Article written by Jack Bullock
Copyright 2000 - All Rights Reserved

"Don't worry, chocolate doesn't cause acne." Various skin doctors must have told me this about 1,000 times over the years. As you read this I am sure you're recollecting about a few times that this has been told to you as well. Sad part is, it is not completely true. Sadder fact is that this 'claim' is used to back up the theory that diet doesn't affect acne.

Over the past three decades this 'story' has gained considerable popularity throughout the world. Most people who tell you this, including doctors, do not know the true story behind the study.

Without any further delay, let's dig a little deeper into the reason why this story has become so famous.

In 1969 three doctors (Fulton, Plewig, and Kligman) conducted a study that they claimed "proved" that chocolate does not make acne worse. This study was later published in the 12/15/69 issue of the Journal of the American Medical Association.

As I am sure you're aware, teens (and adults) everywhere jumped for joy. This study, in one shot, allowed the world to discard all the studies and observations of some of the finest dermatologists in the world.

Why? Two reasons. First, this was a very scientific 'sounding' article. Second, people wanted (desperately) to believe that this was true.

The chocolate study consisted of 65 subjects. The acne severity of the group ranged from mild to medium.

For 30 days each subject was given a control bar (candy). Team A received a bar of chocolate substitute while Team B was received a control bar with real chocolate.

At the end of the 30 day study, each subject was analyzed and the data was recorded. In the end their finding was that Team B did not break out more than Team A.

That's it! It did not decisively state that chocolate didn't cause acne. All it stated was that those eating chocolate did not break out more than those eating a chocolate substitute.

With a little digging, you'll find that this study may not have been the be all and end all in regards to chocolate and acne breakouts.

First, let's examine the control bar that was given to Team B. This bar was not your usual chocolate bar. It had NO BUTTERFAT. A typical chocolate bar contains over 5% butterfat.

Was this was due to hide the fact to which team received the real chocolate and which team received the placebo? I'm not sure, but we NEED to know that this was how it was.

Control Bar B had 46% chocolate liquor. This means that it would have had approximately 55% cocoa butter, totalling over 25% saturated fat.

Control Bar A contained 28% hydrogenated vegetable fat. The key here was to measure the viscosity of the hydrogenated vegetable fat as compared to the cocoa butter. This was not done.

Another important fact was that a subject was considered worse ONLY if he/she experienced a 30% (or greater) increase in acne lesions. Conversely, they were considered improved ONLY if the lesion count decreased by 30% (or more).

Interesting, isn't it? If you said "no", then check this out. Let's say you enrolled into the study and your face had 50 pimples on it. After 30 days you find that your skin now has 64 pimples on it. Well, Congratulations, according to the study chocolate does not make your acne worse. Are you happy?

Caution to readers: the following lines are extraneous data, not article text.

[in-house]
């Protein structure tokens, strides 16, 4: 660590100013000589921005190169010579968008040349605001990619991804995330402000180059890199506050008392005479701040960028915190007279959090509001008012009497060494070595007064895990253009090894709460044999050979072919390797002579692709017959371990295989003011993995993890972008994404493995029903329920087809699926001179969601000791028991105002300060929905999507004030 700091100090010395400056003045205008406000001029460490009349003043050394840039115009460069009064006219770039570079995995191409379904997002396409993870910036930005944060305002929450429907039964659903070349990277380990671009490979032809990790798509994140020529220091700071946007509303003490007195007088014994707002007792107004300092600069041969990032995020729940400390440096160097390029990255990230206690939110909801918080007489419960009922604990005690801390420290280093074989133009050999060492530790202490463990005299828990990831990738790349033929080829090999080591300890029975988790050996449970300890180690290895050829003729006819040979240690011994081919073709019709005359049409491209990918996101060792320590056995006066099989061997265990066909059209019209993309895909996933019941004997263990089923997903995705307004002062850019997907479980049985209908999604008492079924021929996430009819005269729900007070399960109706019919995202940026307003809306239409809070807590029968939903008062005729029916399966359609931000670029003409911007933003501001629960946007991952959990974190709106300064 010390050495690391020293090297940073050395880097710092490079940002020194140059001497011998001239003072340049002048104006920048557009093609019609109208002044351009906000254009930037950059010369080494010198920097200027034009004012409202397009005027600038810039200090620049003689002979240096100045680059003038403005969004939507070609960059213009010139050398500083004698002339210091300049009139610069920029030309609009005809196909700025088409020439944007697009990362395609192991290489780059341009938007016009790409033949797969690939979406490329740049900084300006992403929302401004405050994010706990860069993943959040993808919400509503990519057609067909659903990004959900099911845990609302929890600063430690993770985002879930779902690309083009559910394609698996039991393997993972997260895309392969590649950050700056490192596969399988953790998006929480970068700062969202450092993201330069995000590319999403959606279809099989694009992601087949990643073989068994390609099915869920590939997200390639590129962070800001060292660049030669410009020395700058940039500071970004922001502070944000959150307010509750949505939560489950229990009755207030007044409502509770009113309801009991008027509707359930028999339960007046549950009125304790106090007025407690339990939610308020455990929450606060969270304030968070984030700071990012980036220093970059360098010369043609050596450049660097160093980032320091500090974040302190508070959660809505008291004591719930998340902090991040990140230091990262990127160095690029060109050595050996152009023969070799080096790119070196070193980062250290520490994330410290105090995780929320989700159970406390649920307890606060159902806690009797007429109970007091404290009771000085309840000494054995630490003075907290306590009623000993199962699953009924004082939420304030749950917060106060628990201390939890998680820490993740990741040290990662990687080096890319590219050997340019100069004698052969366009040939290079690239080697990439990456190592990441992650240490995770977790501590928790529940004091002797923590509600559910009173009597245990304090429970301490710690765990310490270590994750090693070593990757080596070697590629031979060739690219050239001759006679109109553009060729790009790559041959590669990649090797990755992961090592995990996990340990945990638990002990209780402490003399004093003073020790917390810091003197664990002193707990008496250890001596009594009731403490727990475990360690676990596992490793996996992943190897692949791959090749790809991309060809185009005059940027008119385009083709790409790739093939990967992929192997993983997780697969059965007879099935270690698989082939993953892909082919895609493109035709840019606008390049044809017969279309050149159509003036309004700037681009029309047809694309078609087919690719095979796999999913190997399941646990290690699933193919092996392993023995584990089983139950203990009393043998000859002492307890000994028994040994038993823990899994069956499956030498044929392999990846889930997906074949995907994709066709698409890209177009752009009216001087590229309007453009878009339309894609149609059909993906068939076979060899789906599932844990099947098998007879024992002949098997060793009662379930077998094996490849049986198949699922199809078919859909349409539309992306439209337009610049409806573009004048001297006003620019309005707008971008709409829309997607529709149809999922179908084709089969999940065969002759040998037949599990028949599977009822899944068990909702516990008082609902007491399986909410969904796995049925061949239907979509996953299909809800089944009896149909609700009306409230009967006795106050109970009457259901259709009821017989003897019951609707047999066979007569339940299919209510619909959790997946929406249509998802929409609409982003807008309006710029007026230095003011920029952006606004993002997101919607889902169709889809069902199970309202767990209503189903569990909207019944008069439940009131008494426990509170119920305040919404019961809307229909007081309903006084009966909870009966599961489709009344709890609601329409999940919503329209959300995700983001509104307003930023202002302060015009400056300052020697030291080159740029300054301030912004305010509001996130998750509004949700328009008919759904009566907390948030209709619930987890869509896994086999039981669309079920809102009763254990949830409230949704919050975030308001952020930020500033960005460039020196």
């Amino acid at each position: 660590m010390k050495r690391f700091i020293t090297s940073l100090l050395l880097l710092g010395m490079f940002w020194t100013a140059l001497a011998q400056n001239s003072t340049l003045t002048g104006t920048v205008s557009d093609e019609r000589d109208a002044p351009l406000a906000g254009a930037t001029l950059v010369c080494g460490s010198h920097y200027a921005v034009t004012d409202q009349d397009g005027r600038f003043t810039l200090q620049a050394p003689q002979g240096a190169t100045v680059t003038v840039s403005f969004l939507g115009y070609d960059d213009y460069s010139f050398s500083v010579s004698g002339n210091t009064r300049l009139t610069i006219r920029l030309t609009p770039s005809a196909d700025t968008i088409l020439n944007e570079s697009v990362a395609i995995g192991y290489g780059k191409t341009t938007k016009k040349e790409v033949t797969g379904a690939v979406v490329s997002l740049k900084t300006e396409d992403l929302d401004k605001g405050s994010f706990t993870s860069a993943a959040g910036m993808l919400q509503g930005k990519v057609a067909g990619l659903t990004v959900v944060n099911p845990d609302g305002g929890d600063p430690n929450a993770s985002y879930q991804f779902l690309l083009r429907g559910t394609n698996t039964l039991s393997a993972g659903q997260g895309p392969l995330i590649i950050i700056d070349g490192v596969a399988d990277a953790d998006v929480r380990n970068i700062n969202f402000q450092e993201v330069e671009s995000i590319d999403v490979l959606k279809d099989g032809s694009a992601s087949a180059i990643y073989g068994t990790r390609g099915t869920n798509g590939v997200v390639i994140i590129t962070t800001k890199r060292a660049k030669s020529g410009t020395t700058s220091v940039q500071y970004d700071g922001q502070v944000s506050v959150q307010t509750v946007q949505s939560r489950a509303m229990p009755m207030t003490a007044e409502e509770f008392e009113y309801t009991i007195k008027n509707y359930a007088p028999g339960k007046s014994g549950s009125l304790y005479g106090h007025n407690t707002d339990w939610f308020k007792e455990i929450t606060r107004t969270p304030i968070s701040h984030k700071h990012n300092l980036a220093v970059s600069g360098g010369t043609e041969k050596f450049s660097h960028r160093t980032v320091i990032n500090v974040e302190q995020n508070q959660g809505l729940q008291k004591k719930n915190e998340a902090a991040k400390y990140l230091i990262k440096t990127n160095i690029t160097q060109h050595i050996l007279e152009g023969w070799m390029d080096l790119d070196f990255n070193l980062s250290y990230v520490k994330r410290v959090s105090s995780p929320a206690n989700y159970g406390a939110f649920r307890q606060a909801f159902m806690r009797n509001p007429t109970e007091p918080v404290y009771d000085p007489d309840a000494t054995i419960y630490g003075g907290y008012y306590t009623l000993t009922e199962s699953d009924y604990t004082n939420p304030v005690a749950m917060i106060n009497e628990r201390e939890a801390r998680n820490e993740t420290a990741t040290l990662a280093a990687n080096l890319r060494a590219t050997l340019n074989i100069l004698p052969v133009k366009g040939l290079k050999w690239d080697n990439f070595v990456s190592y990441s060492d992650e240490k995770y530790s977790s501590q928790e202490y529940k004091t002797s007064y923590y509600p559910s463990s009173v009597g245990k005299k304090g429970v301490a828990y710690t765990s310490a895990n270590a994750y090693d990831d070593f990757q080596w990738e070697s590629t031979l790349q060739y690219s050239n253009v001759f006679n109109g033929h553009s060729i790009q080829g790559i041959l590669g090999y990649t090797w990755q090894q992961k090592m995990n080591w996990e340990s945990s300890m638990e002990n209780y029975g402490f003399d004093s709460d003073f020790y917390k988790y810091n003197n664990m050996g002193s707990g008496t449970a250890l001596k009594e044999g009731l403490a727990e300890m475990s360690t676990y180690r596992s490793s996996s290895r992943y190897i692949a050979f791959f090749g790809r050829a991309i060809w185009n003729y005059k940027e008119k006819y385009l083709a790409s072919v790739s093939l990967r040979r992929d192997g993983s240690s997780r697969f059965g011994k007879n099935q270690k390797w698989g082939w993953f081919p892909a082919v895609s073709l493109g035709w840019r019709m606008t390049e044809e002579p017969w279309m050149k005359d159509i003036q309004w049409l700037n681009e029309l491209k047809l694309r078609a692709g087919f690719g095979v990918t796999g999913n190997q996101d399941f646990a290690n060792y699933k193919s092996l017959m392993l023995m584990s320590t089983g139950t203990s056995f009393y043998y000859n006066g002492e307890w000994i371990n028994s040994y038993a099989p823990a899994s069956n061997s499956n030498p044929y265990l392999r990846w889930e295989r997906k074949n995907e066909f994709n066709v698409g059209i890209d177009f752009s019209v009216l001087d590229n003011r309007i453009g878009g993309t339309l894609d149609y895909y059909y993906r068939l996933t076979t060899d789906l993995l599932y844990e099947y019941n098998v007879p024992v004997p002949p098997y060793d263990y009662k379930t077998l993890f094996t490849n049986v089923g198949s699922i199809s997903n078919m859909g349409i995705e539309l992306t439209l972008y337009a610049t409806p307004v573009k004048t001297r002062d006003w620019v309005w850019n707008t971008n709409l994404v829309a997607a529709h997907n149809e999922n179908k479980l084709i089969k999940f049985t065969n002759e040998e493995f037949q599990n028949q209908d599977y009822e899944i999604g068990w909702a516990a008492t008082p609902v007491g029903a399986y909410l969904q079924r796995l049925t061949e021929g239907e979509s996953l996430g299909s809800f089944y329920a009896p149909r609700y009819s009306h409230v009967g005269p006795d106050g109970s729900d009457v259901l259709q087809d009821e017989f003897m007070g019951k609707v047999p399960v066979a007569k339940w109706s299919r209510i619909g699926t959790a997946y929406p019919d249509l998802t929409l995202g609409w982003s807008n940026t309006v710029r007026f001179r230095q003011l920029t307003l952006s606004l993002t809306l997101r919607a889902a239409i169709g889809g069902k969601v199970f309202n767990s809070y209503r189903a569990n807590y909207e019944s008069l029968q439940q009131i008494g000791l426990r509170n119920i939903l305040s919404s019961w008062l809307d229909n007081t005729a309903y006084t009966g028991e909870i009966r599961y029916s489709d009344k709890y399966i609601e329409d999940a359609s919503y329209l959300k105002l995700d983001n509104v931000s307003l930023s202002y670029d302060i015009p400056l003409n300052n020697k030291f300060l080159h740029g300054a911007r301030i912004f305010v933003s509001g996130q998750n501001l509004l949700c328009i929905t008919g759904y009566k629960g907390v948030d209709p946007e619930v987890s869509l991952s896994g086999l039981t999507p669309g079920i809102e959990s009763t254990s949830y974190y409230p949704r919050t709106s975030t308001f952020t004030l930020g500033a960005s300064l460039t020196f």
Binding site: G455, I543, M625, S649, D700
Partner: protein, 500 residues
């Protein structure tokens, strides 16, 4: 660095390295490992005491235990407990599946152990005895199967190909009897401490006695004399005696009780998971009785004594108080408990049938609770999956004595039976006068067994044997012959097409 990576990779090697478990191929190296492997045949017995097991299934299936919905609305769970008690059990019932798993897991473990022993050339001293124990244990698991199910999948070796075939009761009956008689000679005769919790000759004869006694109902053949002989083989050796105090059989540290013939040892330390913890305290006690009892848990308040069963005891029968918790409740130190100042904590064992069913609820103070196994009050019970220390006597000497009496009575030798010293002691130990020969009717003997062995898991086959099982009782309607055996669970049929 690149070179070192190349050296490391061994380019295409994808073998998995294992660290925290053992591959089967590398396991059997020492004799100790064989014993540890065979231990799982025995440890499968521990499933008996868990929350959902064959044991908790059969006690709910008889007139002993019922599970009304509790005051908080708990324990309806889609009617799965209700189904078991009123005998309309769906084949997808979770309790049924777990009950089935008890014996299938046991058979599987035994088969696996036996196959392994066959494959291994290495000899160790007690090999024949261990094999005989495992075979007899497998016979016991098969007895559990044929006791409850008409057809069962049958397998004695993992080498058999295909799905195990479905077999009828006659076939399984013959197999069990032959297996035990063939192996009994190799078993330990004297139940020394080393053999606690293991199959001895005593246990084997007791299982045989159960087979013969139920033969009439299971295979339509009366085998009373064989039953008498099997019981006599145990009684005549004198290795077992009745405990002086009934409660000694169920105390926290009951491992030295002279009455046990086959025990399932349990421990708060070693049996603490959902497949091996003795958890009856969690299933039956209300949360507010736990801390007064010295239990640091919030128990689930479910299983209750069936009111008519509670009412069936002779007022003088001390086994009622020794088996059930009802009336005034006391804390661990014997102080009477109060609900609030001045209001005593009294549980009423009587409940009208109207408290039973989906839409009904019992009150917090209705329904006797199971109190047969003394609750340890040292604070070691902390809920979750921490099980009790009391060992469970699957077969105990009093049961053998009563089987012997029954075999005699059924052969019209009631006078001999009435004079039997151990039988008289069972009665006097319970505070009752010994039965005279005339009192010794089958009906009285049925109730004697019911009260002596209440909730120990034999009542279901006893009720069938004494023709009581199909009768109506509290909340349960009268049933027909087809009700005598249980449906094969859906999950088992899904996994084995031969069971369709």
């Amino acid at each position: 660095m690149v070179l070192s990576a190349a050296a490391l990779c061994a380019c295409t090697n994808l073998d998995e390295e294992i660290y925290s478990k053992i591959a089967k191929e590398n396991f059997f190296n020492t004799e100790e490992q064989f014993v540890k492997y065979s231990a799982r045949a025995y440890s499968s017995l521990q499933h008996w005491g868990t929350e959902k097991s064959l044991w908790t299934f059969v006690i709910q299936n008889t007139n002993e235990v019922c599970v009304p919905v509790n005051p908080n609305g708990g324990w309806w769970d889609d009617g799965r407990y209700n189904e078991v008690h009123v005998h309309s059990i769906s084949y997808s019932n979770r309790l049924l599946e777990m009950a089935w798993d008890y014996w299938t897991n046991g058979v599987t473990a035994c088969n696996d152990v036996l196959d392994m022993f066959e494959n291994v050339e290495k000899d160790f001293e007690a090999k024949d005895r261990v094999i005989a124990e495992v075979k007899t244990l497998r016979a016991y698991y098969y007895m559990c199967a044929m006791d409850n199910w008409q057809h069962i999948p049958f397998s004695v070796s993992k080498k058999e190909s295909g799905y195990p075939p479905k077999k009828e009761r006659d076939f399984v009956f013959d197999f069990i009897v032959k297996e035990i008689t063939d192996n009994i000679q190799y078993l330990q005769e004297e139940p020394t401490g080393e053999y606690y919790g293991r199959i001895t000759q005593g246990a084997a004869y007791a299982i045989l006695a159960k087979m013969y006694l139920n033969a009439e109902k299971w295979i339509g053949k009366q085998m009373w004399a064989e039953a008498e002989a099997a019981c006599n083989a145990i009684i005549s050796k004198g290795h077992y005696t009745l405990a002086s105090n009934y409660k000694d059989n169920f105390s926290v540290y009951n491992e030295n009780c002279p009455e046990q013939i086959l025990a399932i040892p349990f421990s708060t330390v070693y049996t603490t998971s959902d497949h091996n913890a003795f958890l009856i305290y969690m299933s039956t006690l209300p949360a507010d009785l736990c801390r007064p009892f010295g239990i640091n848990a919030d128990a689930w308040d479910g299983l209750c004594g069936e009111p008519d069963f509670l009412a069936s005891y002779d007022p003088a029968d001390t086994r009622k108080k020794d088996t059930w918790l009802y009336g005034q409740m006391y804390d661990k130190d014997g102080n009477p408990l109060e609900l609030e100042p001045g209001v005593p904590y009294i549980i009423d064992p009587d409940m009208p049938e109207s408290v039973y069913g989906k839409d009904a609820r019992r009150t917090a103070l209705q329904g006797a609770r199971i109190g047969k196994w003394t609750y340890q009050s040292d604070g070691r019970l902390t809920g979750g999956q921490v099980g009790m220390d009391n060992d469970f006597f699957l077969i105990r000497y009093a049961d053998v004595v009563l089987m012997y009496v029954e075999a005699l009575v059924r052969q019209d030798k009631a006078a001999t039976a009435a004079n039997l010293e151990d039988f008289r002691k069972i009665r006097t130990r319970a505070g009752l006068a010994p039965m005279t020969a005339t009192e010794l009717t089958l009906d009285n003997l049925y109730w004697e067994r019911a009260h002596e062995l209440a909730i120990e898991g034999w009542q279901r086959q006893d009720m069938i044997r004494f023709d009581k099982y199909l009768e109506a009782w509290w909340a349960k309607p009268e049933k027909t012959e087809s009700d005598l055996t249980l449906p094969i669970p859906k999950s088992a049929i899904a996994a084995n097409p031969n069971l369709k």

The funny thing is, one of the doctors (Dr. Albert Kligman) running the study had stated that you will only see ominous changes in the skin within a 30 day period, and this is with a microscope. These changes would not be visible by the naked eye.

It would be interesting to find out (4) things:

   1. How many subjects had experience a 25-29% increase
       in breakouts, but were not considered to be worse?

   2. If it was known (beforehand) that visible changes to
       the skin would not been seen within a 30 day period
       then why not have a 2-month study?

   3. How many subjects continued to experience breakouts,
       including those under the 30% study guideline, after
       the 30 day study was completed (triggered by chocolate)?

   4. Why wasn't there a Team C & Team D added to the study?
       Team C would consist of acne subjects that would be moni-
       tored with no chocolate but put on a modified diet. Team D
       would consist of subjects that have clear skin 95% of the
       time and only suffer occasional breakouts. Team D would
       be given Control Bar B (real chocolate). The study would run
       for (60) days. With this (2) extra groups added to the med-
       ical study, we could easily pinpoint chocolate as either an acne
       "trigger" or a "safe food" by comparing Team C to Team D.
       (not testing chocolate bars against substitute bars).

As you can see, this study had some major flaws in it. However, because they had put together such a scientic 'sounding' article the world was eager to believe it to be true. Let's face it, who wants to believe that they have to watch what they eat or they could breakout?

Don't forget these were also mild to moderate acne subjects. This means that they were on a somewhat acnegenic diet to begin with. This study was done to see if chocolate made it WORSE... not if it actually caused acne. A HUGE point to remember.

So, next time someone tells you that chocolate doesn't cause acne ask them, "How do you know that?"..."Can you prove it?"

I hope this report "hit home". Use this information to empower yourself.

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